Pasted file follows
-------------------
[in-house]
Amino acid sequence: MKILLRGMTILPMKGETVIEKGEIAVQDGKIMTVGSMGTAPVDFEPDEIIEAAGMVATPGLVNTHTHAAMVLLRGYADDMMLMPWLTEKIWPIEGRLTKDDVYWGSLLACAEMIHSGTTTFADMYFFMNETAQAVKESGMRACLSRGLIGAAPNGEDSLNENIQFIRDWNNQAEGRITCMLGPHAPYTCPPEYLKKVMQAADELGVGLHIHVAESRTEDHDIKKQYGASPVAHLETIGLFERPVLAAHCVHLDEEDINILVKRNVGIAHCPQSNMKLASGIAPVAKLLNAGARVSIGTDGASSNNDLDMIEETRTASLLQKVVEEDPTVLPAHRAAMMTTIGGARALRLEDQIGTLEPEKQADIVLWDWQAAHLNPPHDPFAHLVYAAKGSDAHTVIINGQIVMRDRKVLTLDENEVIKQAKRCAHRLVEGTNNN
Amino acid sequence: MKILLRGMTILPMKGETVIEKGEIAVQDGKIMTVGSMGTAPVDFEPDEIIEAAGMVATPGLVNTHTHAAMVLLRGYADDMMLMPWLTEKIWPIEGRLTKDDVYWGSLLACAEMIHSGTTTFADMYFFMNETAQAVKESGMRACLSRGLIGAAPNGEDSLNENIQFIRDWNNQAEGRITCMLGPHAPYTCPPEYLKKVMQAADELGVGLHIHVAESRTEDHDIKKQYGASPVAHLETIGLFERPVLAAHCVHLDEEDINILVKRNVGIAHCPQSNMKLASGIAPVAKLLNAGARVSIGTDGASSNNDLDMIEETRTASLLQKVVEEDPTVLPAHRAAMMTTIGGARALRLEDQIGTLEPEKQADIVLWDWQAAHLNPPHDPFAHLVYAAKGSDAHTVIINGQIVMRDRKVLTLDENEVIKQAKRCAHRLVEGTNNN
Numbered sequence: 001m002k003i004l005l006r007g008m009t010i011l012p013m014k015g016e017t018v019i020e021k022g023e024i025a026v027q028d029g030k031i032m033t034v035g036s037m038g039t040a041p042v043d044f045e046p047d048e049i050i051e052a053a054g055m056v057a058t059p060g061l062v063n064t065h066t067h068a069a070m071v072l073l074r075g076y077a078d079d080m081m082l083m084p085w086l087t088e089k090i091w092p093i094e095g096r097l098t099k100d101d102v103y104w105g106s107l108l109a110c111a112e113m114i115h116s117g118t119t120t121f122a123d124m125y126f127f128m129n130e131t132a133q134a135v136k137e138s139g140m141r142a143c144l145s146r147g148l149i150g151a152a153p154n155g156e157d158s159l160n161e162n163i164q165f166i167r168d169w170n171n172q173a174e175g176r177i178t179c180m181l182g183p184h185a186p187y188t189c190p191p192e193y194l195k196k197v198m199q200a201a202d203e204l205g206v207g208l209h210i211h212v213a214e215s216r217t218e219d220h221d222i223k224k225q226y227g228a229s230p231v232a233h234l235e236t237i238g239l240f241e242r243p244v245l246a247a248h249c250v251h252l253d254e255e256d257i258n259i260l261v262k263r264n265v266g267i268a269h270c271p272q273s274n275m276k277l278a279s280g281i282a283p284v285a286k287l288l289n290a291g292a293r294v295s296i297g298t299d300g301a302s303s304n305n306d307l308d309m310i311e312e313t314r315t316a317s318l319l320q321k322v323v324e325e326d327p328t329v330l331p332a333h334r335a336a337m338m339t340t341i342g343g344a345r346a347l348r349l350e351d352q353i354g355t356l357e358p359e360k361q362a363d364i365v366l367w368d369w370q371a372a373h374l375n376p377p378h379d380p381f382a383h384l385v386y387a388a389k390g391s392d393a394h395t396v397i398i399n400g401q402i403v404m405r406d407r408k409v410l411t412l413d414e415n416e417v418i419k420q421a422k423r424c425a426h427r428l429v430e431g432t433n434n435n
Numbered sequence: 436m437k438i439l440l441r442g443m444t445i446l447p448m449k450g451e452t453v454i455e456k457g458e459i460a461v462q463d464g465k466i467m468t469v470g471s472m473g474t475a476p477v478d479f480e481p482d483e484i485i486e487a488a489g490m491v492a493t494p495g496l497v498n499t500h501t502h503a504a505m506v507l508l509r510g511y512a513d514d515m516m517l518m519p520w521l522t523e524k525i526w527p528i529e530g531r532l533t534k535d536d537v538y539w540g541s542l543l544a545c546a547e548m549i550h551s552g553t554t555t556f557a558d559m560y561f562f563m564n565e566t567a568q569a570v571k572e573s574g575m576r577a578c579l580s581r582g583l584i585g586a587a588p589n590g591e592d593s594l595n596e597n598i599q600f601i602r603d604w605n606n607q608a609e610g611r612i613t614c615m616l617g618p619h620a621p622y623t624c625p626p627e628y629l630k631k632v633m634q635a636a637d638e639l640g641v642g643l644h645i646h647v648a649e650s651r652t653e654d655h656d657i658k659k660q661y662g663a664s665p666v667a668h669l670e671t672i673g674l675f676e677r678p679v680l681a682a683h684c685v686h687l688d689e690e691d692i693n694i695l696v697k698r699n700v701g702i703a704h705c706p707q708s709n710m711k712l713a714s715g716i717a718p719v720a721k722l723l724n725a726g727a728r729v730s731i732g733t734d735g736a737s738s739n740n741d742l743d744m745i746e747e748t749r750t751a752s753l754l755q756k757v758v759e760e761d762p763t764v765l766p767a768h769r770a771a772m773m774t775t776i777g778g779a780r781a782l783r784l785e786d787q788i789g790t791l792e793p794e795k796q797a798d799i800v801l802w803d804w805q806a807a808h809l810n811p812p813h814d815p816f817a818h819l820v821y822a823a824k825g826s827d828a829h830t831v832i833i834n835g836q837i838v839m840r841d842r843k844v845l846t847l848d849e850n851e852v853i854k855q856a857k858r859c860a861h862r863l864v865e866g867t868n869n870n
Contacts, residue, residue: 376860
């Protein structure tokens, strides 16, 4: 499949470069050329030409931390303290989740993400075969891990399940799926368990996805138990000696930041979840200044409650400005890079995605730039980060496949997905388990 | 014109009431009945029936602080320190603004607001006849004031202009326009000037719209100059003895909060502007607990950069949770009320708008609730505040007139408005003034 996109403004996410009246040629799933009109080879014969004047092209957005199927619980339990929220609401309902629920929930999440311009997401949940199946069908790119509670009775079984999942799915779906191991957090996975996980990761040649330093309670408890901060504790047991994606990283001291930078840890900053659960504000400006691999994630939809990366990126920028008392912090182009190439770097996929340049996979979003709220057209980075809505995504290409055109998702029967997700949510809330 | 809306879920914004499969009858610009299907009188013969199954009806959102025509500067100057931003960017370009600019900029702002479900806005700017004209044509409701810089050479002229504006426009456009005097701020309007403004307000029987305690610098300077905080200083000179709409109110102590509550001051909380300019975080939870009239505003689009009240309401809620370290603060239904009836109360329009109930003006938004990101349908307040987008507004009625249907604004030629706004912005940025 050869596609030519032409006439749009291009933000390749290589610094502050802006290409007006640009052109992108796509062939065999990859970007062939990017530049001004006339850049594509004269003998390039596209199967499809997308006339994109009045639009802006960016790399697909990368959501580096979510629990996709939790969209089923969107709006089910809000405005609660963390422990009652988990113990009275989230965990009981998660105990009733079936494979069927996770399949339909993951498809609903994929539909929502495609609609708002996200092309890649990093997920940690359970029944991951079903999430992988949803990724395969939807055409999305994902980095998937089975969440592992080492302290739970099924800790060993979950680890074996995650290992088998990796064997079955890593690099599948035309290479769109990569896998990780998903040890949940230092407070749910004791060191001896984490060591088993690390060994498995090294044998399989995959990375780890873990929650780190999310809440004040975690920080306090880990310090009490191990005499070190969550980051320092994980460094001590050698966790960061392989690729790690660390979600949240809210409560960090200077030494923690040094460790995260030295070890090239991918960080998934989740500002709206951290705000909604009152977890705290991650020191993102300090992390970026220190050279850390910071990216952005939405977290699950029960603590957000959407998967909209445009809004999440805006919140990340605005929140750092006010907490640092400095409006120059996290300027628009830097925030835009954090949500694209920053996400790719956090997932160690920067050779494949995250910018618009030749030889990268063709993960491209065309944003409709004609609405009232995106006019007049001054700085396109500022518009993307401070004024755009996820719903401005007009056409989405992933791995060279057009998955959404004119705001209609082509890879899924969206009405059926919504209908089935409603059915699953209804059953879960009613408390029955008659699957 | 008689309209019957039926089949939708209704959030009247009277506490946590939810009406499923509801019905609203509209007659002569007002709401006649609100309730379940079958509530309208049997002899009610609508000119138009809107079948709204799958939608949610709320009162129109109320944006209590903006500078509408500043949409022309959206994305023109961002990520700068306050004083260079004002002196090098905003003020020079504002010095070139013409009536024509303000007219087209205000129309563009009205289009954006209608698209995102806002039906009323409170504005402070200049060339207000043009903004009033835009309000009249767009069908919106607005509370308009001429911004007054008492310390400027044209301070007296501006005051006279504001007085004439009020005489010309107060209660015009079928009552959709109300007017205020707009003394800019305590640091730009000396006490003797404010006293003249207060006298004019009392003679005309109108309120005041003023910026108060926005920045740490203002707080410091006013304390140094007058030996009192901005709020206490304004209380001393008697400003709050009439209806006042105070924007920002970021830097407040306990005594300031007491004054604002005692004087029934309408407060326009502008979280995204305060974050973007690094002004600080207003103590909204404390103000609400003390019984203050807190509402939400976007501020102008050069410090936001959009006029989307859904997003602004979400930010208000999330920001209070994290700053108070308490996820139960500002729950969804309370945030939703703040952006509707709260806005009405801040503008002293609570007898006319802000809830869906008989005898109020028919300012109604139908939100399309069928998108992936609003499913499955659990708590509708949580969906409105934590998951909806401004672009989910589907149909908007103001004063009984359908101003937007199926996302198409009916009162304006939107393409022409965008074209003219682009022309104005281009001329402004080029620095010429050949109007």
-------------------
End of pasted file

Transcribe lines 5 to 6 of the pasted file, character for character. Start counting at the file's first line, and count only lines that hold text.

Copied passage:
Numbered sequence: 436m437k438i439l440l441r442g443m444t445i446l447p448m449k450g451e452t453v454i455e456k457g458e459i460a461v462q463d464g465k466i467m468t469v470g471s472m473g474t475a476p477v478d479f480e481p482d483e484i485i486e487a488a489g490m491v492a493t494p495g496l497v498n499t500h501t502h503a504a505m506v507l508l509r510g511y512a513d514d515m516m517l518m519p520w521l522t523e524k525i526w527p528i529e530g531r532l533t534k535d536d537v538y539w540g541s542l543l544a545c546a547e548m549i550h551s552g553t554t555t556f557a558d559m560y561f562f563m564n565e566t567a568q569a570v571k572e573s574g575m576r577a578c579l580s581r582g583l584i585g586a587a588p589n590g591e592d593s594l595n596e597n598i599q600f601i602r603d604w605n606n607q608a609e610g611r612i613t614c615m616l617g618p619h620a621p622y623t624c625p626p627e628y629l630k631k632v633m634q635a636a637d638e639l640g641v642g643l644h645i646h647v648a649e650s651r652t653e654d655h656d657i658k659k660q661y662g663a664s665p666v667a668h669l670e671t672i673g674l675f676e677r678p679v680l681a682a683h684c685v686h687l688d689e690e691d692i693n694i695l696v697k698r699n700v701g702i703a704h705c706p707q708s709n710m711k712l713a714s715g716i717a718p719v720a721k722l723l724n725a726g727a728r729v730s731i732g733t734d735g736a737s738s739n740n741d742l743d744m745i746e747e748t749r750t751a752s753l754l755q756k757v758v759e760e761d762p763t764v765l766p767a768h769r770a771a772m773m774t775t776i777g778g779a780r781a782l783r784l785e786d787q788i789g790t791l792e793p794e795k796q797a798d799i800v801l802w803d804w805q806a807a808h809l810n811p812p813h814d815p816f817a818h819l820v821y822a823a824k825g826s827d828a829h830t831v832i833i834n835g836q837i838v839m840r841d842r843k844v845l846t847l848d849e850n851e852v853i854k855q856a857k858r859c860a861h862r863l864v865e866g867t868n869n870n
Contacts, residue, residue: 376860